When Jennifer Roper's mom took her shopping last week, she found a dress that she loved. It looked great on her. She really wanted it. But they didn't buy it -- it was too short to wear to school.
"I have to be really careful when I'm shopping," Jennifer says. "Some things look short on me even when they're really not."
At Westside High School, where Jennifer, 17, is a junior -- and at most other area high schools -- the hem of your skirt can be no shorter than the tips of your fingers when you hold your hands straight by your sides, or approximately three inches above the knee. So a skirt that might be appropriate on a petite girl would get someone like Jennifer sent home.
"It's horrible," laments Jennifer's friend Mesia Garret, a 16-year-old Westside junior. "If you're going to school to learn, why does it matter what you wear?"
According to the Richmond County Board of Education's policy on dress codes, miniskirts are "disruptive and not allowed" -- in other words, guys would rather spend class time staring at the long, lanky legs of their classmates than the chemistry equations on the board. More modest clothes aren't as distracting, officials reason.
Long skirts aren't immune to the ruler -- Mesia said she was sent home once for wearing a long skirt with a slit in the side that school officials said was too high.
Other contraband clothing includes hats and sunglasses, fraternity or sorority insignias, clothes that advertise or promote alcohol, tobacco or drugs, and clothing with "suggestive, vulgar or obscene pictures and/or language."
And if you go to school in Columbia County, you'd better make sure your jeans aren't riding down around your hips, and that both straps on your overalls are fastened. No tank tops or spaghetti straps -- clothing "must cover both shoulders," states the county dress code.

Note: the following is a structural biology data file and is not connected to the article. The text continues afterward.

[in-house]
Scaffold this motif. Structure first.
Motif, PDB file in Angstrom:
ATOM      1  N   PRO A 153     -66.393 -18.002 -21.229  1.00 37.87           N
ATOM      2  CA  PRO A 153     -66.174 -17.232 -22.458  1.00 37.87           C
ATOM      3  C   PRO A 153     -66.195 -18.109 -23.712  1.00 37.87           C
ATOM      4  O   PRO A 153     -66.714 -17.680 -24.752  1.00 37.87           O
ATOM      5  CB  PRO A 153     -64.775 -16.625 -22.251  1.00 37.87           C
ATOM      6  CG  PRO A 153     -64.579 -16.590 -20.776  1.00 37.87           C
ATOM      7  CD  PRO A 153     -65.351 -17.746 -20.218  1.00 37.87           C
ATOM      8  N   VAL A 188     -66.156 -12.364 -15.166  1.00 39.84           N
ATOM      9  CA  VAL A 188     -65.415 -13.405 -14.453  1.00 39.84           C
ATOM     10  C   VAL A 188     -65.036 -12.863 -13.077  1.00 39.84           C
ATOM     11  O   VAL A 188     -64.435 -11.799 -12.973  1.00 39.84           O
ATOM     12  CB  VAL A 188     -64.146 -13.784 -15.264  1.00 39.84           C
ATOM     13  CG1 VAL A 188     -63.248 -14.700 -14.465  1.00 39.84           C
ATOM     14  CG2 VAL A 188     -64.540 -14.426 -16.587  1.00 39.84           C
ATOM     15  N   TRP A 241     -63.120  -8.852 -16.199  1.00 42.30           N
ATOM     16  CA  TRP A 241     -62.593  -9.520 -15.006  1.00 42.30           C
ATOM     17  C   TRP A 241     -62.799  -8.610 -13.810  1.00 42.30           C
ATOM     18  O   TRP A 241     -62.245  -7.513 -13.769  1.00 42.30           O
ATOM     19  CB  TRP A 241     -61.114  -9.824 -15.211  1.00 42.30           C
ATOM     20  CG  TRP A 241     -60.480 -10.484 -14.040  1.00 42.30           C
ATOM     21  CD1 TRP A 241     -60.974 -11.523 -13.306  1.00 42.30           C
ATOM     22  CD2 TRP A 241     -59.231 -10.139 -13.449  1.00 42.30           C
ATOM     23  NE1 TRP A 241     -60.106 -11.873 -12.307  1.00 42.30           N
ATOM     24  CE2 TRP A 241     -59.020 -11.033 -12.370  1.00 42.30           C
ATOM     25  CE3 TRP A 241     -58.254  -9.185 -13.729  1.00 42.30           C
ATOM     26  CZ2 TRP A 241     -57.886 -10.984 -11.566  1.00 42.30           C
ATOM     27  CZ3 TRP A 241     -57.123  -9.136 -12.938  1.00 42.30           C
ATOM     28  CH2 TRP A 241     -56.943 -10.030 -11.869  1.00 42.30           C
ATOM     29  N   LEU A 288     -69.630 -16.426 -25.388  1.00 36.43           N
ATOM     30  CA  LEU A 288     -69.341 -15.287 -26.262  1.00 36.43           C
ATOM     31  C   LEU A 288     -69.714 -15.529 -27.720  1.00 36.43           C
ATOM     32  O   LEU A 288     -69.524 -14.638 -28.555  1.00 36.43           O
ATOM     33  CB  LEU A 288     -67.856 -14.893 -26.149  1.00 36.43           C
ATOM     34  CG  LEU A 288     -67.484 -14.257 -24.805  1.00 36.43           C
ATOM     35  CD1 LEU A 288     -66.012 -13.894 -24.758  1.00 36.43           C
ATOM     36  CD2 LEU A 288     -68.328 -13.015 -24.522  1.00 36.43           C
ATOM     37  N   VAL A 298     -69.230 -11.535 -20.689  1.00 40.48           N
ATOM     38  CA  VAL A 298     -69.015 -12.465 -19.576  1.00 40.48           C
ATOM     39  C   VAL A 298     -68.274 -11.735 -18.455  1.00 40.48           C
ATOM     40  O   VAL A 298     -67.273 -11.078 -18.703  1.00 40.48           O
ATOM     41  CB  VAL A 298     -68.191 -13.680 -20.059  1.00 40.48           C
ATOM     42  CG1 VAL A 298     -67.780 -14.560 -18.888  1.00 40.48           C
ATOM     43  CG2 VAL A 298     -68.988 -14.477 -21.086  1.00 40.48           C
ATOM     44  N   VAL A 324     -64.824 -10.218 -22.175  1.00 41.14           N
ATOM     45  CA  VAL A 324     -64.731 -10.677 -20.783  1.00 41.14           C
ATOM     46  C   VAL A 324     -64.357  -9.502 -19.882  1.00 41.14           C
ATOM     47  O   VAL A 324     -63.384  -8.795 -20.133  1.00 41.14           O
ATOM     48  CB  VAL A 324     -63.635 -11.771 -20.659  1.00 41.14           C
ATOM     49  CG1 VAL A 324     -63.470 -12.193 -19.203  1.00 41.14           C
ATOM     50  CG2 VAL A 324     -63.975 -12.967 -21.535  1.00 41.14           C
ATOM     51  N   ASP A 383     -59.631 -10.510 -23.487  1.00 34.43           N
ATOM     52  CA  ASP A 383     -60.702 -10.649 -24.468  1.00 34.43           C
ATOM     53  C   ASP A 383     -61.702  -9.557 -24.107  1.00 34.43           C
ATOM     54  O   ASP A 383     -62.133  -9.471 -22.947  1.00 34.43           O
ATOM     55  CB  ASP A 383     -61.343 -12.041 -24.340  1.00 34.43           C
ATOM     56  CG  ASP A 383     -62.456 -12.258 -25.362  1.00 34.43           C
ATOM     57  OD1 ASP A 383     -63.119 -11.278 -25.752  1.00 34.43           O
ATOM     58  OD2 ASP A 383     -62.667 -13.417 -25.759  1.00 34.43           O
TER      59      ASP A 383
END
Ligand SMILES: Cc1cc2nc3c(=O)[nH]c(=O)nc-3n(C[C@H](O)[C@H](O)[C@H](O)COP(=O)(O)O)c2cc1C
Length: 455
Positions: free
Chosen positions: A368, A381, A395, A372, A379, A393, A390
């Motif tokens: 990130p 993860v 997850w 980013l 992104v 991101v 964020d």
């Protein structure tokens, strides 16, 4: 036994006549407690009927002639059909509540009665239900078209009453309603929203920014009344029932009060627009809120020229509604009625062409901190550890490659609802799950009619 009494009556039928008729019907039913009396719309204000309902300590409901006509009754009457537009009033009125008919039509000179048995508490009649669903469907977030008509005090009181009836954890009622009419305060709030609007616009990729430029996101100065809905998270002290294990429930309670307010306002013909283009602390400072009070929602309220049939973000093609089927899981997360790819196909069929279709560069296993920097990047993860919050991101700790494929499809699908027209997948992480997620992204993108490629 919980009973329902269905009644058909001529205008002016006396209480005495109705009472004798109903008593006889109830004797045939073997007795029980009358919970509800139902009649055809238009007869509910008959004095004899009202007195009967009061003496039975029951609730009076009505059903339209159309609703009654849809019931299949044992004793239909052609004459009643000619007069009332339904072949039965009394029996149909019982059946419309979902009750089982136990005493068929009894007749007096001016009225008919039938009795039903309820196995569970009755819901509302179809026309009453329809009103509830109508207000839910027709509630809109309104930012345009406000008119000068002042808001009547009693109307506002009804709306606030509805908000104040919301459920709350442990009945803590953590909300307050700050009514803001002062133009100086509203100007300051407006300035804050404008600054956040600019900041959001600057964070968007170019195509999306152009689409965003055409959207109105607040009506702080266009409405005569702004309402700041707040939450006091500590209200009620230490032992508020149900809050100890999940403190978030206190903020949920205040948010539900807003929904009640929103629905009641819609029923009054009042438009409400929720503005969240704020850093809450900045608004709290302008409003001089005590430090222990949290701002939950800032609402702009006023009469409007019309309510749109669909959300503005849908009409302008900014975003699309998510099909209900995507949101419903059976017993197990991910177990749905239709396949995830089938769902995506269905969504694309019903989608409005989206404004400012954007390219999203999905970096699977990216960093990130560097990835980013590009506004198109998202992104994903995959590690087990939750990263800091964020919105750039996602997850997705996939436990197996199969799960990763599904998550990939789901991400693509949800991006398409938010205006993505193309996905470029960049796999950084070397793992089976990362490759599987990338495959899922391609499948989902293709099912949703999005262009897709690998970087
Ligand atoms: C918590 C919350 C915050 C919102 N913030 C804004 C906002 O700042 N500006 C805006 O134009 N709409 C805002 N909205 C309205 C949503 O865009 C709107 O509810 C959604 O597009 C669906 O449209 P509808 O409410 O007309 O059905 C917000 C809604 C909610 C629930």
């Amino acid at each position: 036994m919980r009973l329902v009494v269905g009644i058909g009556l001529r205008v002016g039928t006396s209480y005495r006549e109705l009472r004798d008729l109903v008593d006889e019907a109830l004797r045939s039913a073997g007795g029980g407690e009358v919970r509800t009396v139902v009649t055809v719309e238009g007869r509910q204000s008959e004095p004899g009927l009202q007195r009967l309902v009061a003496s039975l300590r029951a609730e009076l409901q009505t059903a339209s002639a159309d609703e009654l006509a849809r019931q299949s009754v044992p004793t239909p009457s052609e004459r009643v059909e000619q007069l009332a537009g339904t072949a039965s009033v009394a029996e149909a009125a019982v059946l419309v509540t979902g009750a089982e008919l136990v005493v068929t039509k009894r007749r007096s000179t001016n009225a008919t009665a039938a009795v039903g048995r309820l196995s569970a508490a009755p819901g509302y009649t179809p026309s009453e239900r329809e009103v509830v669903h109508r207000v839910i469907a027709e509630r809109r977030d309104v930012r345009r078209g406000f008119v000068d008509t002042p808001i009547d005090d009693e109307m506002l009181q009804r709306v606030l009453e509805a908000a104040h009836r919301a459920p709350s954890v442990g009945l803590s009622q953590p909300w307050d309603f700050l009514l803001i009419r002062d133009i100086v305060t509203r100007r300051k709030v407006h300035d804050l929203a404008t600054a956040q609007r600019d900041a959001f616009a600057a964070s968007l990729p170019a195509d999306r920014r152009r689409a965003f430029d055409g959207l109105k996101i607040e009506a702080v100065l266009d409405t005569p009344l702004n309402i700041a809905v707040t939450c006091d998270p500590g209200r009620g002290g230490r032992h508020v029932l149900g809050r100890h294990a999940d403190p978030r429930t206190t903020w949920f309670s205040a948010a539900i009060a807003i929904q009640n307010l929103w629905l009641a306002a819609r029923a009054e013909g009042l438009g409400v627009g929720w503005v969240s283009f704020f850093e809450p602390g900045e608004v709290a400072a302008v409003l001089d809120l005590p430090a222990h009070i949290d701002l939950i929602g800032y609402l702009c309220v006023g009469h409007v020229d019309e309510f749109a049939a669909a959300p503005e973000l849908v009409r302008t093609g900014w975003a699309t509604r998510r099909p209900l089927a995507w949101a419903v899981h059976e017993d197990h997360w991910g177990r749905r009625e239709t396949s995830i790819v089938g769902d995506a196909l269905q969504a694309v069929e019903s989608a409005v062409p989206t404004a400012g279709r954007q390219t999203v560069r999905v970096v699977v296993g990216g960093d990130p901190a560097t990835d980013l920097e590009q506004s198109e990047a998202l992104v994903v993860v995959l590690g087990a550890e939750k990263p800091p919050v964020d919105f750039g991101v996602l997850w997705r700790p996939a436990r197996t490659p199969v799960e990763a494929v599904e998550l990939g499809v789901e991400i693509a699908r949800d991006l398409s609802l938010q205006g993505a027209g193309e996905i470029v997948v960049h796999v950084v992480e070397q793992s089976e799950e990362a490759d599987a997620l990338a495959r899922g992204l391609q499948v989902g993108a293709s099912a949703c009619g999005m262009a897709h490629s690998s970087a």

"They're sort of too strict," says Noura Gordon, 16, an Evans High School junior. "The thing about the shoulders is so 50s. The clothes aren't seductive or anything, they're just not open to new styles."
But there's a reason for the shoulders rule, says Evans principal Sandra Driscoll.
"I think one of the major things we looked at when we developed the dress code was to make them -- I guess I can say decent -- making sure appropriate things were covered, you know? We didn't want to have any distractions in the classroom . . . we wanted to make sure underwear was covered. So there are no low-cut dresses, short skirts, no spaghetti straps," she said. "The main thing is that we don't want to disrupt instruction and have any clothing that will be distracting."
Columbia County has revised one rule that received a lot of complaints last year. Students were not allowed to wear backless shoes, like mules or slides -- it was a safety consideration, Dr. Driscoll said.
It was more of a concern in middle school, where pranksters would step on the back of the shoe and make a kid fall down, Dr. Driscoll said. It was no problem in high schools, so while the shoes are still prohibited in middle schools, high school students are free to wear them.
Emily Sollie covers teen issues and can be reached at (706) 823-3340.